Farming: Good For the World, Bad For Your HearingOct 23, 2013
There are millions of farmers in the United States, and they all have one very serious occupational hazard in common – hearing loss. Find how hearing loss affects farmers, and what they can do about it…
When you think of the sounds in a city, you think of cars honking, construction noise, and busses and trains going by. And when you think of the country, you probably imagine the soft babbling of brooks, birds chirping in the trees and the wind whispering in the trees.
Unprotected Ears Can Be Damaged
But that’s not always the case. If you’re a farmer, you don’t have to deal with cars honking and bus tires squealing, but farming isn’t a quiet endeavor. The squeals of animals, the roar of tractors and the uninterrupted din of the grain dryers during harvest season make farming dangerous for your hearing if left unprotected.
Young Farmers With Hearing Loss
It is estimated that over a million farmers in the United States have some degree of hearing impairment as a result of the sounds associated with their work. And while we know that sustained loud noises over time can damage hearing, the sounds associated with farming are so loud that even farmers in their 20’s will feel the effects if they don’t protect their hearing.
Small Farms Are Not Protected
The largest farms in the U.S. have to comply with federal workplace safety regulations, and that includes hearing protection around loud farm machinery. But most farmers are on their own, and have to be aware of the risk and take precautions to protect themselves.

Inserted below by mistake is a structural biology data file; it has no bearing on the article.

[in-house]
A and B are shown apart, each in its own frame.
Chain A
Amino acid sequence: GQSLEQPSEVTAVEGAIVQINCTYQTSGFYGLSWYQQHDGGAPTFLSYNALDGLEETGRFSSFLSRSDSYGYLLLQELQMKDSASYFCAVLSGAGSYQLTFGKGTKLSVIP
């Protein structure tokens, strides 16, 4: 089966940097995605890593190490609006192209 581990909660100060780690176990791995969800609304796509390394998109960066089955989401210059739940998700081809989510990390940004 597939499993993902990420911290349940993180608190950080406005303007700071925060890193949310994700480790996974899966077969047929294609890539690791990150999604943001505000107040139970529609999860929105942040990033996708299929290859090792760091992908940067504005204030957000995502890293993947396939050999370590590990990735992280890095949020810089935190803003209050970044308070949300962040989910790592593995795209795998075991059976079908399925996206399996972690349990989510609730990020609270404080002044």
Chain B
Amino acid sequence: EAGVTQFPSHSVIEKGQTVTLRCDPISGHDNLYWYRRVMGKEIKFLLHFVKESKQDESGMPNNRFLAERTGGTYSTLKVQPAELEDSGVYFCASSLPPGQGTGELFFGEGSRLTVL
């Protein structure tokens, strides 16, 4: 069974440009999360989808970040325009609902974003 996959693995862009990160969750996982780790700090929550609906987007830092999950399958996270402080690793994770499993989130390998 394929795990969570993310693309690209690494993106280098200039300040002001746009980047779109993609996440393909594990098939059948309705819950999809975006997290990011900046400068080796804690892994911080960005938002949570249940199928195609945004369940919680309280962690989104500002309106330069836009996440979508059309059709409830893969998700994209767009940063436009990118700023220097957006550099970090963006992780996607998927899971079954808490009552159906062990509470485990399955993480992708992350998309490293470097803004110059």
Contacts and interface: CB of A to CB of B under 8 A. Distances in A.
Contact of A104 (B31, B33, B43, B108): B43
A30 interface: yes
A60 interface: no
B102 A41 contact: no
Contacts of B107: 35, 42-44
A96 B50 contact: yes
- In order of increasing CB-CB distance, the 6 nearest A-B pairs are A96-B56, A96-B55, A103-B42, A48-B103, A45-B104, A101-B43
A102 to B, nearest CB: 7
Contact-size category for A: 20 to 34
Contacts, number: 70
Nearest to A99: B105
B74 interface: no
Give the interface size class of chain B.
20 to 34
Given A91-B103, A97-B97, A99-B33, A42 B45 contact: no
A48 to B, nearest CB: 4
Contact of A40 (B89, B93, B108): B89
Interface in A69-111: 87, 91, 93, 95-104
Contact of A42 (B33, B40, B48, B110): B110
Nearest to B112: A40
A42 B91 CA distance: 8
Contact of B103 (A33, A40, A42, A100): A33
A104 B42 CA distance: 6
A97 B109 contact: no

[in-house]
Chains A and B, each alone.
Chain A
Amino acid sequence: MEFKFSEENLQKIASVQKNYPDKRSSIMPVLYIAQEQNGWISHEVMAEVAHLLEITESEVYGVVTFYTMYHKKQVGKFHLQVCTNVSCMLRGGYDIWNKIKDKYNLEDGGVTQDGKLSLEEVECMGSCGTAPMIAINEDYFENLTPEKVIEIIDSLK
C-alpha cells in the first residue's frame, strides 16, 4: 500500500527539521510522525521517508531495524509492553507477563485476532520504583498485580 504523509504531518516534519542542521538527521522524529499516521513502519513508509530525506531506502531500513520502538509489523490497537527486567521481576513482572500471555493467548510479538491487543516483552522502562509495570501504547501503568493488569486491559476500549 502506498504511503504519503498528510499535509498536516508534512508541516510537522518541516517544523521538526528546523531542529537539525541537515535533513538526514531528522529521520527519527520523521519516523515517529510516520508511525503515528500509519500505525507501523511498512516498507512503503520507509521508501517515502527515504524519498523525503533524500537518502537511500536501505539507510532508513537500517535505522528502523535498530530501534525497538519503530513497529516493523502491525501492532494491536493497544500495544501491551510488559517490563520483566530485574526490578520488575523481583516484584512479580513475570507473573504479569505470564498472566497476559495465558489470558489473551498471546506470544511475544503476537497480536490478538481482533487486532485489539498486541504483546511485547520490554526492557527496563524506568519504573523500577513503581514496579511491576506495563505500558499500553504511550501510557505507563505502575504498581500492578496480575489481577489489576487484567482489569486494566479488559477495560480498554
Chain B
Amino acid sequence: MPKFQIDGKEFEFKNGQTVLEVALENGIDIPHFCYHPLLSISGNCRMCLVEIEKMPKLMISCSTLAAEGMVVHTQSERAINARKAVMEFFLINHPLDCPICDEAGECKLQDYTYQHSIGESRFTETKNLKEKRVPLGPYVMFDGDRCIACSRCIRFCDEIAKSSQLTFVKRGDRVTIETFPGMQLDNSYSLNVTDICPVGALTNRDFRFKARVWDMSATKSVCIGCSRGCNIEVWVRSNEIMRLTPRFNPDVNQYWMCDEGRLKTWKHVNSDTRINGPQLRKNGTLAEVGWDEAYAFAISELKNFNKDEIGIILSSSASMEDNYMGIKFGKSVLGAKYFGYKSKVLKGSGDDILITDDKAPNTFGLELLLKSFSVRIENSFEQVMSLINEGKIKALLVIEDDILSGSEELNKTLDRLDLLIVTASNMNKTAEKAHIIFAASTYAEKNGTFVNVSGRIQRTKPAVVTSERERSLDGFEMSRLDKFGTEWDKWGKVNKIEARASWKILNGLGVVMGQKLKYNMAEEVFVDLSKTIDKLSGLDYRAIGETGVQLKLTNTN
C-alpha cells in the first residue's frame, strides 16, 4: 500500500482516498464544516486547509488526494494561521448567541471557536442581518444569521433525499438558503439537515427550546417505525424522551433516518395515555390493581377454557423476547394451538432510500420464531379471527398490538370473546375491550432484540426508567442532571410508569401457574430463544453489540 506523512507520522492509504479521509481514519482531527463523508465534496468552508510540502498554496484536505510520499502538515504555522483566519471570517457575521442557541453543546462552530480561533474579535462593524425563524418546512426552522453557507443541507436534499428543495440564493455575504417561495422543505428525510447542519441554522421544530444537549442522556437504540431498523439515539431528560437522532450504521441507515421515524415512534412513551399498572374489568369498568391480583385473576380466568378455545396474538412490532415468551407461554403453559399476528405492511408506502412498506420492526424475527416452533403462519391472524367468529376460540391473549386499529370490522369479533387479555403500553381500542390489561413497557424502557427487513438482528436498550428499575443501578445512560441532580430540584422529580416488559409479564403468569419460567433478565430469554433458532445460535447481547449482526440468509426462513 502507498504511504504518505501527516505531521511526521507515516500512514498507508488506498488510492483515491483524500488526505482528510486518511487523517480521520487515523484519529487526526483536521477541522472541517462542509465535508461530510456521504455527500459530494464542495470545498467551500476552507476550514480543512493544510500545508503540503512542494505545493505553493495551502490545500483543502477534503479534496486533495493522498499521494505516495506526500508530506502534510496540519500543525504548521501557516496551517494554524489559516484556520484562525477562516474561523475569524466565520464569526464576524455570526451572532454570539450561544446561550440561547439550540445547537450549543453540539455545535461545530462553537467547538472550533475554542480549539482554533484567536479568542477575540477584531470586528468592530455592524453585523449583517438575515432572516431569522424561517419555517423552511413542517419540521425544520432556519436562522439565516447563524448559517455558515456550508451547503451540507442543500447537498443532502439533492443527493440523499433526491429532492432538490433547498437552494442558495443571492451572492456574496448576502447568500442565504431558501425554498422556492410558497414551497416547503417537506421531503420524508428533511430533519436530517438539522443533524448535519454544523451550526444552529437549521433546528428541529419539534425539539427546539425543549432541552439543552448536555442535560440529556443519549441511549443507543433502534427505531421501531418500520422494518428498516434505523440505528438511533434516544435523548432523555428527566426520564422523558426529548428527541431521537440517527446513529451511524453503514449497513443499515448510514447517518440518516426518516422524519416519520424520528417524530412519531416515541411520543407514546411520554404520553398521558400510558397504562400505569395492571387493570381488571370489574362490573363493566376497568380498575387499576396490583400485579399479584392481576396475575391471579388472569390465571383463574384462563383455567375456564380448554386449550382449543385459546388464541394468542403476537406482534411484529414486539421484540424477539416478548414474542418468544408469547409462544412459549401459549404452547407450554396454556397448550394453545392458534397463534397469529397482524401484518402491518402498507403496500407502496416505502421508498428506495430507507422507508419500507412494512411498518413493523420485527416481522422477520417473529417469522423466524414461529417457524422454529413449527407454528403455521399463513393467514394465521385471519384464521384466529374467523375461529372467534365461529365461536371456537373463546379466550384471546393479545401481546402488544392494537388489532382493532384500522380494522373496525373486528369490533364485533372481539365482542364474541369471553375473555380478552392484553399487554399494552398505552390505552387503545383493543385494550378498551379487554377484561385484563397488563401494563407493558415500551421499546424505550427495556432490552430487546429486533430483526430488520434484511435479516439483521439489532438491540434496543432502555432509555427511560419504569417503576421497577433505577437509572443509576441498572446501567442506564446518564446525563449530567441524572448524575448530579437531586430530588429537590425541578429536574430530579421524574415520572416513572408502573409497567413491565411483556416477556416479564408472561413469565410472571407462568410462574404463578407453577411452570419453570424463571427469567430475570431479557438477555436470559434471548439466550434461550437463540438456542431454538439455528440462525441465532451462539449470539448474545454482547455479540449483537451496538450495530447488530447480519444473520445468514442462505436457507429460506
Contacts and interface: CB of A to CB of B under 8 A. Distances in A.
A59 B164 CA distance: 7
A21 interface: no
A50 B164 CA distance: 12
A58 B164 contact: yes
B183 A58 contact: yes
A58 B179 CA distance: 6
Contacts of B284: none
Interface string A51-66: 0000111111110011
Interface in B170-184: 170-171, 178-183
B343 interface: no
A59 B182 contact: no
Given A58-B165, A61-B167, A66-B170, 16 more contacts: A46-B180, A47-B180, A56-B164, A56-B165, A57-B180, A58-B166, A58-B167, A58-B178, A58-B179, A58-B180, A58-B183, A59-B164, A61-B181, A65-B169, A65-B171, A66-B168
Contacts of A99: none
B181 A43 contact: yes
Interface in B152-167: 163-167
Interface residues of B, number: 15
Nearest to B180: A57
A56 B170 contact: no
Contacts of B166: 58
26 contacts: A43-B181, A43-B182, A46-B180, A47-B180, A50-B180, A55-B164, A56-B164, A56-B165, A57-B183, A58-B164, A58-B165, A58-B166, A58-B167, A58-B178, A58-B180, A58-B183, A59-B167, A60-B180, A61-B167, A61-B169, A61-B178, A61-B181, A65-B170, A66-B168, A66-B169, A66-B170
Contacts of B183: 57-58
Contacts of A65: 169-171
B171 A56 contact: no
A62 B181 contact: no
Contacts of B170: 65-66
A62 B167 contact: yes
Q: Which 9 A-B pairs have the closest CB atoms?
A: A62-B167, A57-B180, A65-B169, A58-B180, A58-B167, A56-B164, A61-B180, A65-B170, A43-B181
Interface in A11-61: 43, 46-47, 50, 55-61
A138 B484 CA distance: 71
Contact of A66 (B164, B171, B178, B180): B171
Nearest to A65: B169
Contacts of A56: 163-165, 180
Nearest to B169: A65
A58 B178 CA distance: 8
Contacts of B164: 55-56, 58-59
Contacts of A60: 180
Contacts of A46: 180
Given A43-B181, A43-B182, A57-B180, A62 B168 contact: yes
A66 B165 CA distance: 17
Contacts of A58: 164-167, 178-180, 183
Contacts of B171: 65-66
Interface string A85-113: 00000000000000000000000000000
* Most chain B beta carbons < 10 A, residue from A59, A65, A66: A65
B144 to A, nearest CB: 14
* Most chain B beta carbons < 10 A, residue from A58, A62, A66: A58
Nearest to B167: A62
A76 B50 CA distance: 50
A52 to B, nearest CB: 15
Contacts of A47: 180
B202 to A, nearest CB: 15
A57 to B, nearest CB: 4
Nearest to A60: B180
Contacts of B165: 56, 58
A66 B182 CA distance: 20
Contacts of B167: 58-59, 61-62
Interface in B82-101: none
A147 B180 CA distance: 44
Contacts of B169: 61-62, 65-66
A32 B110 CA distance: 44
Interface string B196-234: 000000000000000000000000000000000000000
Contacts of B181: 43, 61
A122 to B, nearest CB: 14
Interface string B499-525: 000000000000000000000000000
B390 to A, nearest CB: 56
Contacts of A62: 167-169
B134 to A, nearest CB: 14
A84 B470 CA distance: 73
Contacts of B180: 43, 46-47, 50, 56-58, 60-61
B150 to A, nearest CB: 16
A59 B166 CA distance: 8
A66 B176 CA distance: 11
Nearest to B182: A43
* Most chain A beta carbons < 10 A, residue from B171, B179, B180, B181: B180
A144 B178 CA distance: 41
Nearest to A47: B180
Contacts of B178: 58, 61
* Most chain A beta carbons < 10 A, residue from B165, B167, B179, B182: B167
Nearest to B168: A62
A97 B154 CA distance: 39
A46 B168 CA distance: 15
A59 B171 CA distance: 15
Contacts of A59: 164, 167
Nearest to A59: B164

Hearing Loss Across Generations
As farmers and their families over generations have been studied, the effects of farming on unprotected hearing have started to come to light, and many federal agencies and educators are doing what they can to help farmers and their children protect their hearing by wearing earmuffs or ear plugs.
As Loud As a Snowmobile!
Because they are working in a “natural” environment, many people don’t consider the noise associated with farming as a risk. But despite design changes that have made some farm equipment run quieter, many machines – new and old – are still very loud. And hogs, chickens and other livestock packed into barns can make quite a racket. In fact, the sound of a squealing hog is can be as loud as a snowmobile!
Organizations Are Stepping In
4-H programs and Future Farmers Of America have gone online to encourage the next generation of farmers to protect their hearing, with resources about hearing loss and hearing protection available on their websites. Farming tradeshows and conventions always include educators who inform farmers about the threat of hearing loss, and the consequences to the farmer if his or her hearing is left unprotected.
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